Autism spectrum disorder (ASD) has no cure. But there are several interventions that reduce the symptoms, often to a great extent. Communication and social challenges are part of autism diagnosis, and as a result, speech language and behavioral therapy are the typical components of a treatment plan. But the frustration for parents, and the challenge to researchers, is that there’s no single long-term ASD therapy plan that’s applicable for all children.
Behavioral therapy, however, is the most accepted approach to treat children with ASD. Many people tend to believe that behavioral intervention is only for hyperactive autistic children. But that’s not the case. Behavioral therapy is the key tool to develop social skills among all children with autism.
Parents, in most cases, are confused about which long-term ASD therapy to adopt. Schools usually move the children with autism to mainstream education early in their schooling. While this should always be the larger target, shifting an autistic child away from an intense behavioral program which supports social growth, can hamper the progress. Autistic children undergoing long-term ASD therapy are more likely to completely outgrow the diagnosis, notwithstanding the amount of time they spend in mainstream education initially. The greater is the intervention, the more will be the age-appropriate education picked up by the child later. It’ll allow a far easier transition into mainstream.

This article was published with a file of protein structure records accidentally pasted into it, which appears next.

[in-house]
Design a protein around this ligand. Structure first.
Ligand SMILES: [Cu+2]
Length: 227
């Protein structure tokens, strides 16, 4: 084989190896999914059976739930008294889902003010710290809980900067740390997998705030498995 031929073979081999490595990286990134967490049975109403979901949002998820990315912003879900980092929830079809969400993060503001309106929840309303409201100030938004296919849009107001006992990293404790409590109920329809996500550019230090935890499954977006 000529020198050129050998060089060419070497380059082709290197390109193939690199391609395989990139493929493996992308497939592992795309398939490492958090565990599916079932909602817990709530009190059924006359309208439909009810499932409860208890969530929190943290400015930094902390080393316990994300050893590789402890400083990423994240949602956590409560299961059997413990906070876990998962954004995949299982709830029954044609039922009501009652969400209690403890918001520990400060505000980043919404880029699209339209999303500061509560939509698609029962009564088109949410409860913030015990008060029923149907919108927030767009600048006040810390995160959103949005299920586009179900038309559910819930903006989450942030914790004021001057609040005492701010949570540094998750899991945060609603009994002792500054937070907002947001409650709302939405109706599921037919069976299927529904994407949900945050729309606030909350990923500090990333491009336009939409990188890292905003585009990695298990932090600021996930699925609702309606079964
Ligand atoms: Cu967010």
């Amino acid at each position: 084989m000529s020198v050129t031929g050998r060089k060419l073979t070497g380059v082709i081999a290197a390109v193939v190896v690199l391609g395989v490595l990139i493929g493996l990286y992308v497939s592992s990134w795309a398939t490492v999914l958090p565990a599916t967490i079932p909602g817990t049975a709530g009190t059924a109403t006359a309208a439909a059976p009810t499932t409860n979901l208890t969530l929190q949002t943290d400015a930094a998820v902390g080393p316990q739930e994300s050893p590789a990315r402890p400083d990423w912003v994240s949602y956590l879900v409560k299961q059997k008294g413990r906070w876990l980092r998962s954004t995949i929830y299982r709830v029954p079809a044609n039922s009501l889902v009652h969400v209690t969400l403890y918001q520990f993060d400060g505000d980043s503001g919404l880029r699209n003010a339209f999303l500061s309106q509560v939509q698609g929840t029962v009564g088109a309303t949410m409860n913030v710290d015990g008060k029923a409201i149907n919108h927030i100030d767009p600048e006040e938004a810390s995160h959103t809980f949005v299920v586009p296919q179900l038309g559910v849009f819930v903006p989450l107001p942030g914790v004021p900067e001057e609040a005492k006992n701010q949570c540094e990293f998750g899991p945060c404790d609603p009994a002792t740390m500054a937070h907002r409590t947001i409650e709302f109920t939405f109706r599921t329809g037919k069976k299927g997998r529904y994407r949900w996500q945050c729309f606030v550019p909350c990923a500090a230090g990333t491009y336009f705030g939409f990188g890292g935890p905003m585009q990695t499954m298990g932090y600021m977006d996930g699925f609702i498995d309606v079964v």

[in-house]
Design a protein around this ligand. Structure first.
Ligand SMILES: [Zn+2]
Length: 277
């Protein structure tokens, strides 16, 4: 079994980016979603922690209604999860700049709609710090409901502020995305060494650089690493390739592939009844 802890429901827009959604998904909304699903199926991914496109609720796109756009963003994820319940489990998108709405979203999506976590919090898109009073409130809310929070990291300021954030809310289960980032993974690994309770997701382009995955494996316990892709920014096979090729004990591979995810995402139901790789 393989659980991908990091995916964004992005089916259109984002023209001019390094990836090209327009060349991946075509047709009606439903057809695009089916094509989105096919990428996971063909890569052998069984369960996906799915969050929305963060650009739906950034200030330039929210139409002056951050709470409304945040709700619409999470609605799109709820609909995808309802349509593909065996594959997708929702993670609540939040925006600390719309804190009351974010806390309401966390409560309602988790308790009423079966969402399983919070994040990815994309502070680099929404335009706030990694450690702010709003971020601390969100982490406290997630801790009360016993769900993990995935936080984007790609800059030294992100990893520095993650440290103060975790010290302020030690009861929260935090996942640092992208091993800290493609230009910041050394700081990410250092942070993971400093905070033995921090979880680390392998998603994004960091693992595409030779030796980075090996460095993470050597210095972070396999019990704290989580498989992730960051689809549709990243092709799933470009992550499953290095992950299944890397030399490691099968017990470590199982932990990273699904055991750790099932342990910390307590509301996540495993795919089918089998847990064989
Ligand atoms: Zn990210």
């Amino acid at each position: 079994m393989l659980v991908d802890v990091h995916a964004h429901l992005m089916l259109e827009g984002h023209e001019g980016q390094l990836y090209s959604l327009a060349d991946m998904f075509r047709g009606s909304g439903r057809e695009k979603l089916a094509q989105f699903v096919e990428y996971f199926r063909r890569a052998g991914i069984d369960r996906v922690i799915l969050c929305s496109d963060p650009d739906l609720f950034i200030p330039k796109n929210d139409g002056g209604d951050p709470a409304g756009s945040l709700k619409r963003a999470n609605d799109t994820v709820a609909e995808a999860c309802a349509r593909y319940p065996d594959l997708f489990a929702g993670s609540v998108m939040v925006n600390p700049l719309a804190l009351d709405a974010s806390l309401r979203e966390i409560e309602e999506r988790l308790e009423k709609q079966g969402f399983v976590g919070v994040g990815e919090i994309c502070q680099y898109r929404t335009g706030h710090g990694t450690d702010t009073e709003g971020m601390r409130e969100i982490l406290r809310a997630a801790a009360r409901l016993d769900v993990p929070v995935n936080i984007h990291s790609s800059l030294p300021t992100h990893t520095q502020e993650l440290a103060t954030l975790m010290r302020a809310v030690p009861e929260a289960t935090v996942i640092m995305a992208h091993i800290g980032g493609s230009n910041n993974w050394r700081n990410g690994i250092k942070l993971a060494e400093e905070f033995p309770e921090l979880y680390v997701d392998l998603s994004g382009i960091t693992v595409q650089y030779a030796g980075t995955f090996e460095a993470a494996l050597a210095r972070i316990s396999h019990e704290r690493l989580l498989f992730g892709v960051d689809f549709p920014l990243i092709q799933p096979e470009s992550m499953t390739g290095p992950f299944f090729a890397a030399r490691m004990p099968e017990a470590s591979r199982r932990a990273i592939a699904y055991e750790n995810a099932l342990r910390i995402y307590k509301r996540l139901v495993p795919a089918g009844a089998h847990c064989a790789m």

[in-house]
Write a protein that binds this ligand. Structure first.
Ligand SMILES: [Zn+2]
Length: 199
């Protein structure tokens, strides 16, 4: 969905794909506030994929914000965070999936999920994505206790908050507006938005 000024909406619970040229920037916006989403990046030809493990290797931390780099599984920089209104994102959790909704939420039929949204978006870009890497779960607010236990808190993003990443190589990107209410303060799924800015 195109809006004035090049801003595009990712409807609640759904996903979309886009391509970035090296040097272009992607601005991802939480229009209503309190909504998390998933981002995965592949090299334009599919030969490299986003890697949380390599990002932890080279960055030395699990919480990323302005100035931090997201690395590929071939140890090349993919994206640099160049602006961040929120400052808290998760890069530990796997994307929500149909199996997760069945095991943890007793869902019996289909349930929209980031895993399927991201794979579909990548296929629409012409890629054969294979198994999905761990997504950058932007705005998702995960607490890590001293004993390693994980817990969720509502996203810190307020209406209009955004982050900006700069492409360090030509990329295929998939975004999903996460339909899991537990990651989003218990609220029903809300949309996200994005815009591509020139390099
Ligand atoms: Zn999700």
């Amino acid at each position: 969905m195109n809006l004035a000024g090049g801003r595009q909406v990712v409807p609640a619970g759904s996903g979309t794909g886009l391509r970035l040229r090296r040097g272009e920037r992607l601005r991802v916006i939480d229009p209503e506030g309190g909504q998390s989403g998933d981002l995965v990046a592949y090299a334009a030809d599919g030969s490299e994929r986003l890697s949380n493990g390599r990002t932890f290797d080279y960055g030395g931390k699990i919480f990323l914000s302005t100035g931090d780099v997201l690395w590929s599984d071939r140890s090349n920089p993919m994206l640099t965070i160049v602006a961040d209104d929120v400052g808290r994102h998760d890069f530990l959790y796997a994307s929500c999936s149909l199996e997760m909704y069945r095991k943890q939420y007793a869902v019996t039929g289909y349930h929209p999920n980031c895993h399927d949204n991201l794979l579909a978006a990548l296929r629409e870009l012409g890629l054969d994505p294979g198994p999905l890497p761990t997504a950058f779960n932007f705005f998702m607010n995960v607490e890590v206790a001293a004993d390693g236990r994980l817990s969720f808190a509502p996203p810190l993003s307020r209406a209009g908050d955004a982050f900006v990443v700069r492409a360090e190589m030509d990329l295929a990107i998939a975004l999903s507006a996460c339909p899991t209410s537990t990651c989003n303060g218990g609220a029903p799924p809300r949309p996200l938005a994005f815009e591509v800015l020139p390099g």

Another major challenge is to determine which behavioral therapy will match your child. In fact, there’s really no way to determine that. But there should be a logical plan which is flexible and tracks the progress. Adjustments should be made as and when required.
Current research doesn’t reveal much about which intervention will be the best. But one thing is certain. Continuing long-term ASD therapy is ideal in all cases. It’s safe and effective and equips an autistic child with the necessary social skills to a great extent.
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